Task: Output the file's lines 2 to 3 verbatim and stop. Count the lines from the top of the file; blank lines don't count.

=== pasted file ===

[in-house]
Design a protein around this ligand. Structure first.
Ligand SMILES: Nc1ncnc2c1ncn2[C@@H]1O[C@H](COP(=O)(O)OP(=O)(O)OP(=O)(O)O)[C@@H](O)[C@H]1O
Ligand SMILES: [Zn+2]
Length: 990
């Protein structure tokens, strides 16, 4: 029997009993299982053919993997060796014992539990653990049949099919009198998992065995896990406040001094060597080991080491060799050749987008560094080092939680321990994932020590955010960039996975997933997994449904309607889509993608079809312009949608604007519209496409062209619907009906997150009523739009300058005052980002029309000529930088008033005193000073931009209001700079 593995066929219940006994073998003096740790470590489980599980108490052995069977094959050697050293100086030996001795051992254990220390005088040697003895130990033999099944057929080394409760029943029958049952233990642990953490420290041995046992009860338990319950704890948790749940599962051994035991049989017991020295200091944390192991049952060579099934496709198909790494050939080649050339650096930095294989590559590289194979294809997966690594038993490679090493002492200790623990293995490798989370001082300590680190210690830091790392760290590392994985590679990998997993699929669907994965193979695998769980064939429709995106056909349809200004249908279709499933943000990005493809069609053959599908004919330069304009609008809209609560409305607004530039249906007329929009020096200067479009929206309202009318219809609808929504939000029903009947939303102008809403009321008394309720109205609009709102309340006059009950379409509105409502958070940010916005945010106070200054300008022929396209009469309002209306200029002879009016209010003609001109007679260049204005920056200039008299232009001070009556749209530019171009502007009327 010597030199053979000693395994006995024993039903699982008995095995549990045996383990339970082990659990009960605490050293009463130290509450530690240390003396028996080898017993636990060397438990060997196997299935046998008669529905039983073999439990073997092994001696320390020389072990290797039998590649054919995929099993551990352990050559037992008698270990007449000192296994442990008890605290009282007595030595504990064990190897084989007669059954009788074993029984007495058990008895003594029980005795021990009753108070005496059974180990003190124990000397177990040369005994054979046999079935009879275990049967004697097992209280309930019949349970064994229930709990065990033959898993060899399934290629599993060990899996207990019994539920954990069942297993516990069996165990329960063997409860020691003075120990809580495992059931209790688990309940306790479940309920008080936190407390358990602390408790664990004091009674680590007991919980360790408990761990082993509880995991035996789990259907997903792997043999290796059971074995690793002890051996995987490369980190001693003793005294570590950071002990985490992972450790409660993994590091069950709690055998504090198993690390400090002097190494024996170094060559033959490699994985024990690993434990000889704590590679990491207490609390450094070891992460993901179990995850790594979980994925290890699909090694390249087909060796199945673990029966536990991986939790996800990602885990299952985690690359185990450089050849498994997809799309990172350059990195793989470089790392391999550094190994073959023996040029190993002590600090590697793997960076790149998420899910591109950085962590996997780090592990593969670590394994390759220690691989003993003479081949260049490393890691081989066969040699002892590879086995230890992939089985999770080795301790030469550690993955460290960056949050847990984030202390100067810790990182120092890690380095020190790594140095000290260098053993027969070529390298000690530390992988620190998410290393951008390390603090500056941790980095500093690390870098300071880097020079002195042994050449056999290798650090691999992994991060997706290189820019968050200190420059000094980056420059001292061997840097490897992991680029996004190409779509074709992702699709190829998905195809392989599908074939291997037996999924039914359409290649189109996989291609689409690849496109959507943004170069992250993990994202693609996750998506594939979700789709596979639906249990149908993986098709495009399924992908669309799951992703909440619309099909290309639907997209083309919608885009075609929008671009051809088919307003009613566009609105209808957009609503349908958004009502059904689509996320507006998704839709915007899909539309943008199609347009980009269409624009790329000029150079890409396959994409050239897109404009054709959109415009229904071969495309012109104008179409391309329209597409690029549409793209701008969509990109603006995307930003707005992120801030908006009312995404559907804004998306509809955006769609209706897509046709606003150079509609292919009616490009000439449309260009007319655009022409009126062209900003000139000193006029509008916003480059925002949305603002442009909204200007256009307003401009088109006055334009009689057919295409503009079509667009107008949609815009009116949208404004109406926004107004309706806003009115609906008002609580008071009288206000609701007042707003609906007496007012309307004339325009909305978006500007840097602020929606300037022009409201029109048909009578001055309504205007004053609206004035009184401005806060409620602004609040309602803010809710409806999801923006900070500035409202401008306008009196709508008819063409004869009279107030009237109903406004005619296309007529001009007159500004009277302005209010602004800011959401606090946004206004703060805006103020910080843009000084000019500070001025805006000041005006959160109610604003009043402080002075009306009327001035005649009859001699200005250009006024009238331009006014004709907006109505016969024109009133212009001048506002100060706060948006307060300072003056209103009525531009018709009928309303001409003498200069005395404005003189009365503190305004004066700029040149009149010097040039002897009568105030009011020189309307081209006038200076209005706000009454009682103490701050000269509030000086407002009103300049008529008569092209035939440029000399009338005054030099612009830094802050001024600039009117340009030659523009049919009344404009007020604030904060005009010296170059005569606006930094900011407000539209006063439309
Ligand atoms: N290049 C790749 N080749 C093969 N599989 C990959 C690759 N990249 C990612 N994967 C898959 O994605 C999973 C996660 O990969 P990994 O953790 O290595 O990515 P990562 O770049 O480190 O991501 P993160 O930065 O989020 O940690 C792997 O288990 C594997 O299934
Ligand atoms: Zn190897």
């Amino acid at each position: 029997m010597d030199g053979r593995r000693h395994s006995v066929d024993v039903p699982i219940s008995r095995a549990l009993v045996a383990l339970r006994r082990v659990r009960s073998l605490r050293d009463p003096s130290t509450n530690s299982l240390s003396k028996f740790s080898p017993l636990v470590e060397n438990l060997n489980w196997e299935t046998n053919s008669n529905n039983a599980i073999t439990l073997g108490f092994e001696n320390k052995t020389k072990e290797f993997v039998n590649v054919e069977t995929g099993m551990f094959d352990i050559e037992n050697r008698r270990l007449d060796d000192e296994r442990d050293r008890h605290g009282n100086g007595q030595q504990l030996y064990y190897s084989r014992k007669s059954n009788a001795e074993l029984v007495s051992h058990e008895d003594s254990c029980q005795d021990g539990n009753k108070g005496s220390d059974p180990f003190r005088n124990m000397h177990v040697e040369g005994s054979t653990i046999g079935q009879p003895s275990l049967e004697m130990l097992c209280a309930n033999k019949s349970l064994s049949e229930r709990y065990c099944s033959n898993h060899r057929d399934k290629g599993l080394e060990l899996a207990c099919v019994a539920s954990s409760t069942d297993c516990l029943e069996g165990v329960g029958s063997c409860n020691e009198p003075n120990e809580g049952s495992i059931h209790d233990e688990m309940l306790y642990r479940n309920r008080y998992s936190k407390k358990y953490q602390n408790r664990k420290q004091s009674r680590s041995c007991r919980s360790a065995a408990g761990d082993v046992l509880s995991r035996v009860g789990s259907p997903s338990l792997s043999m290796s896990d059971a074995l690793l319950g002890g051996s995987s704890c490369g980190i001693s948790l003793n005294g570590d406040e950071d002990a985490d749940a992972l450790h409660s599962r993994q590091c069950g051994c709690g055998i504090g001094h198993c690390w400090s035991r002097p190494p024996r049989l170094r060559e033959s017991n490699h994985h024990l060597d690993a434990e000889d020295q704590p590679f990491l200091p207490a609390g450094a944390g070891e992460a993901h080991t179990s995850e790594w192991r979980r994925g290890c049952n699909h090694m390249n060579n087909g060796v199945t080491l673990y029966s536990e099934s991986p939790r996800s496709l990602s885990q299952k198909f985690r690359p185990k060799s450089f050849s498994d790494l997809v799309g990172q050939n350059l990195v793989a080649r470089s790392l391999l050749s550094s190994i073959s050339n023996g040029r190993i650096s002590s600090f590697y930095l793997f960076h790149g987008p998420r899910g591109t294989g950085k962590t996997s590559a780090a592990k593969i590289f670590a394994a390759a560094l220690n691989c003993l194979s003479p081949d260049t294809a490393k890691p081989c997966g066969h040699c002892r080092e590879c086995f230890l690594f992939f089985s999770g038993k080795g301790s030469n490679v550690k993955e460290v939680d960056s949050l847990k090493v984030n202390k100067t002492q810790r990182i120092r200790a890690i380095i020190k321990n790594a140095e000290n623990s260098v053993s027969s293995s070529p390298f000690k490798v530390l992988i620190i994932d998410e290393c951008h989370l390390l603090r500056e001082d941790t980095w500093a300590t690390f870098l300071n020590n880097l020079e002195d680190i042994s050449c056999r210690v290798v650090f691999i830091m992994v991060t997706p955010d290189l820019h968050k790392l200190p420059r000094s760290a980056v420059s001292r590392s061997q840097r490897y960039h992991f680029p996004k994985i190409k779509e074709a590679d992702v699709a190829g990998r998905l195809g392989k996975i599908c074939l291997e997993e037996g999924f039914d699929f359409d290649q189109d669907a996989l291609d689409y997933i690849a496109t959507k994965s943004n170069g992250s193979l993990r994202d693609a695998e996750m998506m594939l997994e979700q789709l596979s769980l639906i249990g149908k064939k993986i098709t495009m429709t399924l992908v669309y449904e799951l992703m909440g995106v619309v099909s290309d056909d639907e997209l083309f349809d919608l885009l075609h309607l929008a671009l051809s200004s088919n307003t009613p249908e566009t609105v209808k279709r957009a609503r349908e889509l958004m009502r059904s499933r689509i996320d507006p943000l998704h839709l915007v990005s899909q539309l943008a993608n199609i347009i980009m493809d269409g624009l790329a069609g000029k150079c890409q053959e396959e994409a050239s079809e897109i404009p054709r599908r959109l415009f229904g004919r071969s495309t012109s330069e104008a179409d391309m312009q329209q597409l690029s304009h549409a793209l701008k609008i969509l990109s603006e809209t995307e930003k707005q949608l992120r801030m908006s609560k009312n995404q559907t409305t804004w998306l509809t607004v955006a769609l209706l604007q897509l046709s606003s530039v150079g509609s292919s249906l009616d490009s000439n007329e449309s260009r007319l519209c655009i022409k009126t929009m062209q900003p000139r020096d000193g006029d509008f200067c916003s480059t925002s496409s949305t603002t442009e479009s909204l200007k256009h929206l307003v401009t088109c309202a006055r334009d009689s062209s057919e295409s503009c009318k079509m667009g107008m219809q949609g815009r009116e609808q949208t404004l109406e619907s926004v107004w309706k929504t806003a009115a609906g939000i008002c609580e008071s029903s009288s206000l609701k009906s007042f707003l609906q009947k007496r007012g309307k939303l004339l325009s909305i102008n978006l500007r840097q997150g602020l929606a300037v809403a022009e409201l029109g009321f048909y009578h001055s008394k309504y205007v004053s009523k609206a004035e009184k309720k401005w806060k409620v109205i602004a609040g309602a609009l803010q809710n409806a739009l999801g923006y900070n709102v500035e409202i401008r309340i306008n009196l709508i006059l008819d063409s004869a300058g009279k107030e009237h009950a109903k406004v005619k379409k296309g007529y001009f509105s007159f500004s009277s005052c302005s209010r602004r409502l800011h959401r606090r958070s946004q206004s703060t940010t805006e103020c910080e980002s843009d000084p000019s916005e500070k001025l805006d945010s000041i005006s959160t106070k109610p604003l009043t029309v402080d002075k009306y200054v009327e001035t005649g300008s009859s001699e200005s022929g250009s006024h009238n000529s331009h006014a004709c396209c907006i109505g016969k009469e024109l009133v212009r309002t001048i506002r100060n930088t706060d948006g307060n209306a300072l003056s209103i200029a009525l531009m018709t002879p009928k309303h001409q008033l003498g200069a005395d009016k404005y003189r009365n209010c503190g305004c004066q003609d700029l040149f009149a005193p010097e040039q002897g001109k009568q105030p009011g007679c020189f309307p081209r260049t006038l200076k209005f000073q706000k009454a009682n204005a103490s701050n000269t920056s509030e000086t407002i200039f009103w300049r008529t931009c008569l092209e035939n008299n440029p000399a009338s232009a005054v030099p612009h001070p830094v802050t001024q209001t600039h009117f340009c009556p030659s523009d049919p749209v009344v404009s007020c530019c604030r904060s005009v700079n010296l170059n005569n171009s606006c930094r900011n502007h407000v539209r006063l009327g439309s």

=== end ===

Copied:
Design a protein around this ligand. Structure first.
Ligand SMILES: Nc1ncnc2c1ncn2[C@@H]1O[C@H](COP(=O)(O)OP(=O)(O)OP(=O)(O)O)[C@@H](O)[C@H]1O